Evangelical politics, even among Trump voters, is not monolithic

I have been talking to a lot of evangelical pastors in the wake of the 2020 presidential election. A lot of them tell a more complex story about evangelical Christianity in America than the one currently found in the press and academic circles. And others tell a story about evangelical Christianity in America that is exactly the same as the one currently found in the press and academic circles.

I think Associated Press religion reporter’s Alana Schorr’s recent piece on evangelicals in Bluefield, West Virginia captures a lot of what I am hearing. Here is a taste:

BLUEFIELD, W.Va. (AP) – If you’re Christian in Bluefield — and most everyone is, in this small city tucked into the Blue Ridge Mountains — you have your choice.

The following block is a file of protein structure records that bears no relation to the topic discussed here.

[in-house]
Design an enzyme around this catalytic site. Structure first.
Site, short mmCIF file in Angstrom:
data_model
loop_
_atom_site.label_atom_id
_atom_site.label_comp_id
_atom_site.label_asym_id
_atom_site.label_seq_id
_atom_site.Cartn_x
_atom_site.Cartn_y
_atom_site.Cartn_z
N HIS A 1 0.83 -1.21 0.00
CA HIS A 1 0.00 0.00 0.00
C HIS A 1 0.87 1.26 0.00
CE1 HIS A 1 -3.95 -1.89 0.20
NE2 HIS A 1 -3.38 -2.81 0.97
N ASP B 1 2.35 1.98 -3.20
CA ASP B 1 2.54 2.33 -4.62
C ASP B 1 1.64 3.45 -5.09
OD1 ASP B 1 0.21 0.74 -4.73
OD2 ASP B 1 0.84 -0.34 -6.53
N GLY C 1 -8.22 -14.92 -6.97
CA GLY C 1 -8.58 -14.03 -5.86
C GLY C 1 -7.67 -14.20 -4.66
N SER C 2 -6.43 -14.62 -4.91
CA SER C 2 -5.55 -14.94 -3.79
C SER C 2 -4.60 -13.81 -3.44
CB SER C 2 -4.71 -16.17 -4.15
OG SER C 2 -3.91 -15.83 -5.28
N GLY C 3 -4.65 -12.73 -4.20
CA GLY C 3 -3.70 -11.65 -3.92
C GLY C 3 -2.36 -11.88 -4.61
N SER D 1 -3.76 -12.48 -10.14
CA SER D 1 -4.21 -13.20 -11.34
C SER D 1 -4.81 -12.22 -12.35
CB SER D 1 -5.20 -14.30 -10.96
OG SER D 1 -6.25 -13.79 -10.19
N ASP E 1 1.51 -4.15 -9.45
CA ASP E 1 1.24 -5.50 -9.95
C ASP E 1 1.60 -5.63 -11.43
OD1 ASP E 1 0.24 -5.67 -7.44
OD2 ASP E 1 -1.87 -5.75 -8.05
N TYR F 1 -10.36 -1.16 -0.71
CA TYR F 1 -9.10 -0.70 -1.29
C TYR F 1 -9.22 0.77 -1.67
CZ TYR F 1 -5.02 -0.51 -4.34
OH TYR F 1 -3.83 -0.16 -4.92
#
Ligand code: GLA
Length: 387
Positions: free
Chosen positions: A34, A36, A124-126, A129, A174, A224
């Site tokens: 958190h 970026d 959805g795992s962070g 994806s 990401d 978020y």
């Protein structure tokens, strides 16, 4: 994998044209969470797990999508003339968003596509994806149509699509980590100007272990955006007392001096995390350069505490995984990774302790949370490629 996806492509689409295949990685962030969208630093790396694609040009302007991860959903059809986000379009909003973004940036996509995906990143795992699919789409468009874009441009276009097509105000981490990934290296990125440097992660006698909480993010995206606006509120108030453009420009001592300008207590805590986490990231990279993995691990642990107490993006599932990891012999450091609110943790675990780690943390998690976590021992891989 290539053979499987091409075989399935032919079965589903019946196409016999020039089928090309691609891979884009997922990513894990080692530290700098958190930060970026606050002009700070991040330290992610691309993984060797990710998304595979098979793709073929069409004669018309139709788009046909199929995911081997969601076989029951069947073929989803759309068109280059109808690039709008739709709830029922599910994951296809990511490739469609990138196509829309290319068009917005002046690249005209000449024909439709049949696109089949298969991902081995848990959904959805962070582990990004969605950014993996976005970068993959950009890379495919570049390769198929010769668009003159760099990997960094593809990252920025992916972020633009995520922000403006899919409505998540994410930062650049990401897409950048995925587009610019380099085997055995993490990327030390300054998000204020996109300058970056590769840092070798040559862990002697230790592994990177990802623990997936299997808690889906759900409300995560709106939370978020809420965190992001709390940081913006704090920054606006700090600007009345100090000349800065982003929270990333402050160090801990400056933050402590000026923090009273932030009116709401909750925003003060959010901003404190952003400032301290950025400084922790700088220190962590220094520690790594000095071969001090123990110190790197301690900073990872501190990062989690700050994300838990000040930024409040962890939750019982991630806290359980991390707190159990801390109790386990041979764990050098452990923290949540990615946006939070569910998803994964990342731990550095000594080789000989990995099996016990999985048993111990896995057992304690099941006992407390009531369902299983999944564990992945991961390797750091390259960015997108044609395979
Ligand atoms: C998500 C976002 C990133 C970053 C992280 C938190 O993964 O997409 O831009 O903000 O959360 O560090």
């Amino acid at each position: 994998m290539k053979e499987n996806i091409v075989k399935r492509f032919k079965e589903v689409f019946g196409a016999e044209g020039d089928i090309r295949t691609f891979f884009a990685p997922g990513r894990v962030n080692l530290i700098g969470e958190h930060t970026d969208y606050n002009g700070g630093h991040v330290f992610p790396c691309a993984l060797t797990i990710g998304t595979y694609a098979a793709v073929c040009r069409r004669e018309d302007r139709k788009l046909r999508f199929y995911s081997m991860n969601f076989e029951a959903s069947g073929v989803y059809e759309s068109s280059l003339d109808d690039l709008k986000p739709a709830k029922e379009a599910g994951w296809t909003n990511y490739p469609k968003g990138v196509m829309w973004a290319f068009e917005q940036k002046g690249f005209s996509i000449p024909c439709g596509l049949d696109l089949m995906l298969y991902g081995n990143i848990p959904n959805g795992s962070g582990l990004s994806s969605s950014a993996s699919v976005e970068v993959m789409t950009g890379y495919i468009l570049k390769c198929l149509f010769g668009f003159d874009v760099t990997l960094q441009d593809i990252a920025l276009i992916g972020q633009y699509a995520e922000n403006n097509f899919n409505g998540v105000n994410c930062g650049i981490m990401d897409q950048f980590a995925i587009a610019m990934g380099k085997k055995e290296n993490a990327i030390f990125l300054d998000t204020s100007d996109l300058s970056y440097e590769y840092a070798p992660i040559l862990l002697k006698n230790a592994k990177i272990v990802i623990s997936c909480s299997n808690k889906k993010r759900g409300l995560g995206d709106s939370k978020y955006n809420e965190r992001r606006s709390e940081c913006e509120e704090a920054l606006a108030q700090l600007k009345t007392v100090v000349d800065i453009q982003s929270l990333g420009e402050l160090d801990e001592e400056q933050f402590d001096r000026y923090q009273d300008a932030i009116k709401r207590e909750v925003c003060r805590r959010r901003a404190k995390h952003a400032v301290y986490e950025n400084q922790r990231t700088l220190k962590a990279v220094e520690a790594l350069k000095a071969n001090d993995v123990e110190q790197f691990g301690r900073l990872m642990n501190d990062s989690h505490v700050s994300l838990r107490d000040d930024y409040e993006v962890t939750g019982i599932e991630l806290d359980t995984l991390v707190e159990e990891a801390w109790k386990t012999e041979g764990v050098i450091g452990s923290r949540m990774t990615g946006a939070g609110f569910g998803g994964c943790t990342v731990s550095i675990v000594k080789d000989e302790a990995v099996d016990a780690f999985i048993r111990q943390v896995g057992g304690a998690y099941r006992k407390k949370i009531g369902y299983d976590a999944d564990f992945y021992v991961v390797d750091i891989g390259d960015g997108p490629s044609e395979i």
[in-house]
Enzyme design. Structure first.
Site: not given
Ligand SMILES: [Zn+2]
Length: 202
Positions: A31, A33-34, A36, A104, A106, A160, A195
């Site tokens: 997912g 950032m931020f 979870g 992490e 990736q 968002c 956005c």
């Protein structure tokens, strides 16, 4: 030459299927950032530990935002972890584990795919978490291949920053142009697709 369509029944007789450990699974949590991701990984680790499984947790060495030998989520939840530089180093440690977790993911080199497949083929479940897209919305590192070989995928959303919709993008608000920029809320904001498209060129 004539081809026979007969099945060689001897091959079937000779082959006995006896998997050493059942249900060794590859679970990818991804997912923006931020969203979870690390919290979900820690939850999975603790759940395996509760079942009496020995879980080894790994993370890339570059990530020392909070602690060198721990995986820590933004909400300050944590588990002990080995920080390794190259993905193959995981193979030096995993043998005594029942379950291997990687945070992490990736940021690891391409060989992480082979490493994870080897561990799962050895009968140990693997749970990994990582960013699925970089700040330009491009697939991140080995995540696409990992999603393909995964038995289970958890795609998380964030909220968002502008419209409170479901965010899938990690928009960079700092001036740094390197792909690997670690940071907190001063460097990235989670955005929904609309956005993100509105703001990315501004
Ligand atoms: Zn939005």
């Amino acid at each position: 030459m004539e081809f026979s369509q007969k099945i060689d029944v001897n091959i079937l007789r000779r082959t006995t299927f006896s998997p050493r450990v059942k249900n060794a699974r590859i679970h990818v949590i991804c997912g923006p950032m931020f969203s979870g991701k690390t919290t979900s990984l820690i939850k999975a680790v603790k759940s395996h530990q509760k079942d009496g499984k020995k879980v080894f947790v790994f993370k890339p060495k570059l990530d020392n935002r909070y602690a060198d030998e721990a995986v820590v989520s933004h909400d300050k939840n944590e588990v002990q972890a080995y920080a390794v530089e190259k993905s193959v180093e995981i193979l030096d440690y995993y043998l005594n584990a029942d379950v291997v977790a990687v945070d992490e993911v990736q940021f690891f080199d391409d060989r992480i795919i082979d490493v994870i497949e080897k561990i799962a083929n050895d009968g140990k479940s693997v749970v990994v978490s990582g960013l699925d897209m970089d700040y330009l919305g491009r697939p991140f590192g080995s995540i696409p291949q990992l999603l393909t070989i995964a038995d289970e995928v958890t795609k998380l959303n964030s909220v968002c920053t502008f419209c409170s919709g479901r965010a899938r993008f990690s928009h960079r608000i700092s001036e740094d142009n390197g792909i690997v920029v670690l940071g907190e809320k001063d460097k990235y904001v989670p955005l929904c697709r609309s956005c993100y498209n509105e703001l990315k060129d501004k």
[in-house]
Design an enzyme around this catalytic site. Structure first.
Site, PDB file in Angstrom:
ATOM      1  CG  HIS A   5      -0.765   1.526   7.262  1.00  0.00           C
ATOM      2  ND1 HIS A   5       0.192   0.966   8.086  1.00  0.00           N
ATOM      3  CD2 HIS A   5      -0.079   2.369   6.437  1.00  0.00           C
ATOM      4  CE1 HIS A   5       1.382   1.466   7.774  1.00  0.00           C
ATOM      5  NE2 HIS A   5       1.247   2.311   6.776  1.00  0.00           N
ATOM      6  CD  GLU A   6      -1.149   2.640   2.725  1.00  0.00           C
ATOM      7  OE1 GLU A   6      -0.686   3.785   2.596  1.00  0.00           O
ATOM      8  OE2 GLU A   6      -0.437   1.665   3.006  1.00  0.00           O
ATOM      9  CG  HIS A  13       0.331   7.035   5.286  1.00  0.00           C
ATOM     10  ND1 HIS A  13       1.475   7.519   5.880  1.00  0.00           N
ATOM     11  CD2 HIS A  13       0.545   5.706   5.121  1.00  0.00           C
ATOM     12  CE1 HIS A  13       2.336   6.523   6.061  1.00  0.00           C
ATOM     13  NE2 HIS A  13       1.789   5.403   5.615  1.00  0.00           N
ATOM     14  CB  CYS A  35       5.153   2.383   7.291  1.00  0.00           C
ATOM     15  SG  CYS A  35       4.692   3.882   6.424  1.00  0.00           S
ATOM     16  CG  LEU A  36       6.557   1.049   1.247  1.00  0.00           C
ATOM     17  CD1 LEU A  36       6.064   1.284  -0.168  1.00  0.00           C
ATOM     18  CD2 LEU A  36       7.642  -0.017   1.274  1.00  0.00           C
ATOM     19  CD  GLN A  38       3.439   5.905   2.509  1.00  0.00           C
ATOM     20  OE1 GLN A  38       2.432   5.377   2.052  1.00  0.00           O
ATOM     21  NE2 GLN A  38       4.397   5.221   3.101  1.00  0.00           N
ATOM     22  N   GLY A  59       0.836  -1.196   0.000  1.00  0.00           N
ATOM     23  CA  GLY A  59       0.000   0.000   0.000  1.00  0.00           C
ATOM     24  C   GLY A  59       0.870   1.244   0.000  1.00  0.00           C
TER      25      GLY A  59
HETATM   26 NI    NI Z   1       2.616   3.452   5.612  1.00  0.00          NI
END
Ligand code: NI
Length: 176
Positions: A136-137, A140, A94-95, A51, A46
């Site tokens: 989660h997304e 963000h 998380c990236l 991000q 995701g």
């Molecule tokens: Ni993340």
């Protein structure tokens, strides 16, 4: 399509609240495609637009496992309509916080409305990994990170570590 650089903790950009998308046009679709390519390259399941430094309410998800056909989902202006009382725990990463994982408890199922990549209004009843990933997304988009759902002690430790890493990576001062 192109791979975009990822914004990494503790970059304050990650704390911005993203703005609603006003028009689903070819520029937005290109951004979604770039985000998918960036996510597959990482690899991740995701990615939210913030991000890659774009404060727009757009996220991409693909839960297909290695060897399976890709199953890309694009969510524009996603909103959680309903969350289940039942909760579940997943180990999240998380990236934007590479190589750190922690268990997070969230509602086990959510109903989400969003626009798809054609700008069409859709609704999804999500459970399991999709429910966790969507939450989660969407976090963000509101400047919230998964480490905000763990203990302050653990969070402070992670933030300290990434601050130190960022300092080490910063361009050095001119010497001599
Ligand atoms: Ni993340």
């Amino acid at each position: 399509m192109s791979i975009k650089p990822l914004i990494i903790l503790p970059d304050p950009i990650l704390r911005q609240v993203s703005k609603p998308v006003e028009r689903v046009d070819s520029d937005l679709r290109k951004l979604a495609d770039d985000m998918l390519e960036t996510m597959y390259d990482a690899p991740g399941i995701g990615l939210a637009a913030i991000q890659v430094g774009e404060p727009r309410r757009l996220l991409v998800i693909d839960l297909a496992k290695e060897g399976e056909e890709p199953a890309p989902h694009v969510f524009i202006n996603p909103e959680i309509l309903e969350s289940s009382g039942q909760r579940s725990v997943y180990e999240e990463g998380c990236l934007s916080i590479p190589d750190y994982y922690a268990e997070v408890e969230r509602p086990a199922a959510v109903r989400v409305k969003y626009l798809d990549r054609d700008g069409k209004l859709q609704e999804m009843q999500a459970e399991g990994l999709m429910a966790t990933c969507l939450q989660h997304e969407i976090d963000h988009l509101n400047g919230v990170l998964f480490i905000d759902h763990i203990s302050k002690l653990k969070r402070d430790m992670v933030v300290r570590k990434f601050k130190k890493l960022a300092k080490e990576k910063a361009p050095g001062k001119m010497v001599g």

You can follow Pastor Doyle Bradford of Father’s House International Church, who has forcefully backed Donald Trump — doubting Trump’s defeat in November and joining some congregants at the Jan. 6 “Save America” rally that degenerated into the Capitol riot.

Or you can go less than 3 miles away next to the rail yard, to Faith Center Church, where Pastor Frederick Brown regards Bradford as a brother — but says he’s seriously mistaken. Or you can venture up East River Mountain to Crossroads Church, where Pastor Travis Lowe eschews Bradford’s fiery political rhetoric, seeking paths to Christian unity.

The three churches have much in common. All of them condemn the desecration of the Capitol and pray for a way to find common ground. 

But they diverge on a central issue: What is the role of evangelical Christianity in America’s divisive politics? 

Read the rest here.